More climate-friendly and resource-saving concrete in practical testing for the first time

In order to reduce the high greenhouse gas emissions and resource consumption in the construction sector, the state of Berlin is focusing on the use of sustainable building materials and circular construction in building construction. Resource-conserving concrete is a building material for which the use of raw materials from the material cycle (recycled aggregate) is both normatively regulated and already market-tested – it is already being used successfully in Berlin. Numerous pilot projects have been able to set important market impulses, which in the meantime have led ready-mix concrete plants in Berlin to include resource-saving concrete in their standard portfolio.

The company neustark has developed a novel process that stores CO2 in RC aggregate through so-called accelerated carbonation. This can further improve the climate balance of resource-saving concrete. The Senate Department for the Environment, Mobility, Consumer and Climate Protection (SenUMVK) has therefore initiated the “CORE (CO2-Reduced Concrete)” project together with the companies Heim Recycling, neustark, Berger Beton and ifeu Heidelberg, in which the neustark process is being piloted in the Berlin area. As part of this project, it has been possible to obtain certification and approval for an RC aggregate carbonated in Berlin as an aggregate for ready-mix concrete. Its use can reduce the climate impact of resource-saving concrete by up to 20%: If used across the board, this could save a total of around 90000 t of harmful greenhouse gases per year in Berlin.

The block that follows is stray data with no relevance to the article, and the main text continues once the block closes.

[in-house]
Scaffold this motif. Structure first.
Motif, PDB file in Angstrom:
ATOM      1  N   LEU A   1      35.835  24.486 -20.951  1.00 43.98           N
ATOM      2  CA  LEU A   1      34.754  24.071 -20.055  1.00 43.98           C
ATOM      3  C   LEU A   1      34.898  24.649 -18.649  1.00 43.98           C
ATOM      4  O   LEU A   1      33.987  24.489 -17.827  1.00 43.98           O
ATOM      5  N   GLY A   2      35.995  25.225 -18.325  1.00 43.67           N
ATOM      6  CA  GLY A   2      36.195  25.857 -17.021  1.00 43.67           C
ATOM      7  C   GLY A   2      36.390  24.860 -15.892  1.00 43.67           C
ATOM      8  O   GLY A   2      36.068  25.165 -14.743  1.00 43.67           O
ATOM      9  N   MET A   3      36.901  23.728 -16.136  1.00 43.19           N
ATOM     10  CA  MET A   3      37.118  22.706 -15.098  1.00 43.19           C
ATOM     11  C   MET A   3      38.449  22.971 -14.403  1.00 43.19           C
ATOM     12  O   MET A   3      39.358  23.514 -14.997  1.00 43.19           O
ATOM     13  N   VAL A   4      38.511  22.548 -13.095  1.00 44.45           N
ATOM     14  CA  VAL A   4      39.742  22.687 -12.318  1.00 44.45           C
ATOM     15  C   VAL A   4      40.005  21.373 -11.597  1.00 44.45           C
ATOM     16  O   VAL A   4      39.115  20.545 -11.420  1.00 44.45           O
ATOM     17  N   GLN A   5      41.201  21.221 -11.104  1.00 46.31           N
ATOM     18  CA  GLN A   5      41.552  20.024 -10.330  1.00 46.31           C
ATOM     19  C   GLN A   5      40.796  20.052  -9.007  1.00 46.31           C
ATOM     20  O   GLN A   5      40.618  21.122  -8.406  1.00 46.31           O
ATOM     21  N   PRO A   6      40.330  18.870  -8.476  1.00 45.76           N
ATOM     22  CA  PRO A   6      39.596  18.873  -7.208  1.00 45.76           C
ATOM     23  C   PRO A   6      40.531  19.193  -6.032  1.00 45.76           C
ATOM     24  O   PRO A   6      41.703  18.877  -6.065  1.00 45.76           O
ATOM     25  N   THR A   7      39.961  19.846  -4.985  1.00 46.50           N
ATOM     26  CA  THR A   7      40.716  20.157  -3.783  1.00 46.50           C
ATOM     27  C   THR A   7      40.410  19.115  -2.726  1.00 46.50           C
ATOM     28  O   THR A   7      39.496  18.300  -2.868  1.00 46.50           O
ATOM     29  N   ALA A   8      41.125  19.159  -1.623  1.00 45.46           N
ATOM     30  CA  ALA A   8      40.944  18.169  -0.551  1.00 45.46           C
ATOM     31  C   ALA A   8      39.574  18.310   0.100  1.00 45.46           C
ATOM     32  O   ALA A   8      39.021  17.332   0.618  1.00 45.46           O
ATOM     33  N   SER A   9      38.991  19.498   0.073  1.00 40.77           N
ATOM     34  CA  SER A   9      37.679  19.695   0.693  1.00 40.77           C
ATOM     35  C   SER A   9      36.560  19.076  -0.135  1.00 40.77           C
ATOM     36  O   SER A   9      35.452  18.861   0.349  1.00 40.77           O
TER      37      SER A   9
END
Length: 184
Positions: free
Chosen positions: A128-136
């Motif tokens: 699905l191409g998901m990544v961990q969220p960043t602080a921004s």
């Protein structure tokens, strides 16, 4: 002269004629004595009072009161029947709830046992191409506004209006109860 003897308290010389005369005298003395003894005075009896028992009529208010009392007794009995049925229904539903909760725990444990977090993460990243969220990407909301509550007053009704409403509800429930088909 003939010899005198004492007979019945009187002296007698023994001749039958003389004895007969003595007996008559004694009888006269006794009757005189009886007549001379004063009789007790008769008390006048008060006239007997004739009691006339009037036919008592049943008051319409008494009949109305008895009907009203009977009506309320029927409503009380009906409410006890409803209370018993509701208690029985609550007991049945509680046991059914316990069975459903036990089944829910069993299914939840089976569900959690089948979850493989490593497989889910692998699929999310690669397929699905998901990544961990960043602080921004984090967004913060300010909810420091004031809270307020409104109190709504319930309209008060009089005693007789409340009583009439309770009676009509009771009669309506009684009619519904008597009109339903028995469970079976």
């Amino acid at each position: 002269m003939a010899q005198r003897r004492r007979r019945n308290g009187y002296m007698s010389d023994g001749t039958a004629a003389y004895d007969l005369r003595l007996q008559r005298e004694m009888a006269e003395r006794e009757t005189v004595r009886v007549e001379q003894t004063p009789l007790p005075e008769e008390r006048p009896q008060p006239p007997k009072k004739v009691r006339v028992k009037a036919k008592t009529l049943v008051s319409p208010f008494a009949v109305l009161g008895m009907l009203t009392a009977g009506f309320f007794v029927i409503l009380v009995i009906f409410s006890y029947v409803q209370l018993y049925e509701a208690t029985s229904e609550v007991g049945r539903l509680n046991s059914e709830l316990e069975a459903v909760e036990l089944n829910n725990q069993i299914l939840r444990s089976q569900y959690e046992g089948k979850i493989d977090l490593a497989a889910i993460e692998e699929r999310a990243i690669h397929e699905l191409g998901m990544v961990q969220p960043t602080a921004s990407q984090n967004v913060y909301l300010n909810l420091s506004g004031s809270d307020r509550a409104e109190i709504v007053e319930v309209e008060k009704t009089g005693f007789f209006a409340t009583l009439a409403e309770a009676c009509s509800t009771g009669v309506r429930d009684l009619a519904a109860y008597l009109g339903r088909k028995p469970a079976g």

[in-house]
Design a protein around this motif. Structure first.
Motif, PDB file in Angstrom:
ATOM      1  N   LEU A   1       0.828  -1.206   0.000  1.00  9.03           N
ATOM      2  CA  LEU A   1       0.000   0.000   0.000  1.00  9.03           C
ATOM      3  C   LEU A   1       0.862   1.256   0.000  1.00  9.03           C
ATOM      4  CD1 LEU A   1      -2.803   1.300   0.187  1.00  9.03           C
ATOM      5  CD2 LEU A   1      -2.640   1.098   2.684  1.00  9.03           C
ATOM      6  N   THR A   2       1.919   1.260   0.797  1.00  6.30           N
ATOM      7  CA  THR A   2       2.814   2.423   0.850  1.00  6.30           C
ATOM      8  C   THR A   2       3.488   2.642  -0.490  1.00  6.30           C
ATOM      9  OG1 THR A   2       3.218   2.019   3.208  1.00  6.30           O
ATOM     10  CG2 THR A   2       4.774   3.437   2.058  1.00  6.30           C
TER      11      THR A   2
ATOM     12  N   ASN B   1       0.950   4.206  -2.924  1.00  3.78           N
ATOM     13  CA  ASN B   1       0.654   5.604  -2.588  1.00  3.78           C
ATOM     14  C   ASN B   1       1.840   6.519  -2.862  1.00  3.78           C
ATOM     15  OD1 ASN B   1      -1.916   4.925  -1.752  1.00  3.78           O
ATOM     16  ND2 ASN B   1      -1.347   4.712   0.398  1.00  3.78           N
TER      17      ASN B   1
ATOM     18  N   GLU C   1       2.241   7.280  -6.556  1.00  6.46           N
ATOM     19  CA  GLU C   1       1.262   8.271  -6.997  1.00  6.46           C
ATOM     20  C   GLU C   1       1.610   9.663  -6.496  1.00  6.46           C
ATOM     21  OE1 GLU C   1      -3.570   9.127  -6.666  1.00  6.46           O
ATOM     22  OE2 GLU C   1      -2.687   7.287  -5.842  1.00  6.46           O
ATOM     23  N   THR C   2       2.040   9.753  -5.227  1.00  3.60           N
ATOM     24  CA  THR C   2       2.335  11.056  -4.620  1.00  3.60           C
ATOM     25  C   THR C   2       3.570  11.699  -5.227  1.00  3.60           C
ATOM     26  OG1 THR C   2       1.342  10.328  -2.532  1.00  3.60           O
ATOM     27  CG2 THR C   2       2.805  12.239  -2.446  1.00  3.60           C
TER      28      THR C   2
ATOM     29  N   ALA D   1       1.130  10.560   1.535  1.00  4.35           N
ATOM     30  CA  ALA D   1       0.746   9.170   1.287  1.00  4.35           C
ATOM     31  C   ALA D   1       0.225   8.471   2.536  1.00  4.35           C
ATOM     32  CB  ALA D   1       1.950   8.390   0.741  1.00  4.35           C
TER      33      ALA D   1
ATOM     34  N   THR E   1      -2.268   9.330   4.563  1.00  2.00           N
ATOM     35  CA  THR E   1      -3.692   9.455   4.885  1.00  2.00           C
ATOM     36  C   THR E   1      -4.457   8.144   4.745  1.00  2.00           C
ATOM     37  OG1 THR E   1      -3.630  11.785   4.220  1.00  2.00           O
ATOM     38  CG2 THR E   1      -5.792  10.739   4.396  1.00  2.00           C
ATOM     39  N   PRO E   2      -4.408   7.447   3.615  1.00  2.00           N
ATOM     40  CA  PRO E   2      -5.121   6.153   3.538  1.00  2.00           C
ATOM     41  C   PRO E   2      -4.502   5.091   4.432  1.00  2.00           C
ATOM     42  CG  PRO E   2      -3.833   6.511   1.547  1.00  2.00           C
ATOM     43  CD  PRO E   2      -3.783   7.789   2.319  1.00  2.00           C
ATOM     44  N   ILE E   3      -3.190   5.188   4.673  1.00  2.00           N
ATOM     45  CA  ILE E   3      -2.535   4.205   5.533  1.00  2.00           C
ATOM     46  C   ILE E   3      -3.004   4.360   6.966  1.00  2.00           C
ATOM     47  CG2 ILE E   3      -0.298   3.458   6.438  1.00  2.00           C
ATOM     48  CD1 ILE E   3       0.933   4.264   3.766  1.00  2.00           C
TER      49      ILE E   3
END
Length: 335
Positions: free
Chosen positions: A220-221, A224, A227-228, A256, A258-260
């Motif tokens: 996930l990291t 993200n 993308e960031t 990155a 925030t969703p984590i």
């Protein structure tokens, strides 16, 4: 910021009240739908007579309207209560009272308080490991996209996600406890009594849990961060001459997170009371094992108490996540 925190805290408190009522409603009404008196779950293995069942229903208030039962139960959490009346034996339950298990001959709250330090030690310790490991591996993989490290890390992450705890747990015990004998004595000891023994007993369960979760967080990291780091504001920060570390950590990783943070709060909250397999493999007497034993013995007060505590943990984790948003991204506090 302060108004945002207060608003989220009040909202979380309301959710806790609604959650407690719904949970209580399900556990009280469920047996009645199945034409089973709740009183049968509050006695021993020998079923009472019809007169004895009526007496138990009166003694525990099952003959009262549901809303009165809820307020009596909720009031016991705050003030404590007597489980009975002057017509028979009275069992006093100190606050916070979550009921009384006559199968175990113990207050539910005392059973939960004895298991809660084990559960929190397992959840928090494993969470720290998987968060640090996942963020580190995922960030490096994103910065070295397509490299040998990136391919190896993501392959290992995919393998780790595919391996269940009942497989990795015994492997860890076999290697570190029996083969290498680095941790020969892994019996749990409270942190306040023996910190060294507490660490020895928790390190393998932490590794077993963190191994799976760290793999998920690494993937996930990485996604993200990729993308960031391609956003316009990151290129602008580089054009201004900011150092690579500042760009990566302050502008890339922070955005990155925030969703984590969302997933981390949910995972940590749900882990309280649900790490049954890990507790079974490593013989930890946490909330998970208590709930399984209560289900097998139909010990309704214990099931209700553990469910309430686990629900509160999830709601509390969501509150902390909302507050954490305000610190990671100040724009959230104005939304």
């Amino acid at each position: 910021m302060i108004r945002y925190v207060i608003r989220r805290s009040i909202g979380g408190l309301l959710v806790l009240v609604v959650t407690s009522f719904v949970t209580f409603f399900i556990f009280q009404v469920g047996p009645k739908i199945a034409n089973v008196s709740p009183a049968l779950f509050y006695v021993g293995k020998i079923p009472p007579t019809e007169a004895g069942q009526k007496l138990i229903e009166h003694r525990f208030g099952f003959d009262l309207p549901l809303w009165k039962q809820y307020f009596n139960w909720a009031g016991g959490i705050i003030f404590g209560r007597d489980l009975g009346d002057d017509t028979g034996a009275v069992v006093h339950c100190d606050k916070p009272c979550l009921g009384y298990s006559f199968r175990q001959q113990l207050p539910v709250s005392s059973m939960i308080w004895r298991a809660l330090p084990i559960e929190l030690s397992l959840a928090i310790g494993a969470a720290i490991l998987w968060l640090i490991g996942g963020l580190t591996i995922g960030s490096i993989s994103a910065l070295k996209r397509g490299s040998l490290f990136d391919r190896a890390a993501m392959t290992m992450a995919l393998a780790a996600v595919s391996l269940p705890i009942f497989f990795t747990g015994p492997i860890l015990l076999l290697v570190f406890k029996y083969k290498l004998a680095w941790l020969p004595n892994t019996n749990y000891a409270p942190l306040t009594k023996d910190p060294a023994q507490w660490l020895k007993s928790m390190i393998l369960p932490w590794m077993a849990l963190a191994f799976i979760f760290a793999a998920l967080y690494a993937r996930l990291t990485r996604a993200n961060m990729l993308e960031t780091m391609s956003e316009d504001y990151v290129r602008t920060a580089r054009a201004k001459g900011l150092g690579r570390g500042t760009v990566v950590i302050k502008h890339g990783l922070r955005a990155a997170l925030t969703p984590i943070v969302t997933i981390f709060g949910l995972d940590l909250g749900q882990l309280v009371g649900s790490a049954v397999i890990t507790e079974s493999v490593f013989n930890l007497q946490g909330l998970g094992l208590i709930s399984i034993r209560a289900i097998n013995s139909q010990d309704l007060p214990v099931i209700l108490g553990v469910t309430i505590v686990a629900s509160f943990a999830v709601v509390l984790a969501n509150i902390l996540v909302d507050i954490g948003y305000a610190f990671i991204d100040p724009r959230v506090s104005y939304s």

This CO2-reduced, resource-saving concrete is now to be used for the first time – in compliance with all relevant standards – in the fall in a construction phase of the Friedenauer Höhe neighborhood development in Tempelhof-Schöneberg, a joint venture of OFB Projektentwicklung and Instone Real Estate. The aim is to prove that the CORE process passes the practical test and that environmental benefits can also be achieved in commercial operation. Further information on this pilot project can be found at:


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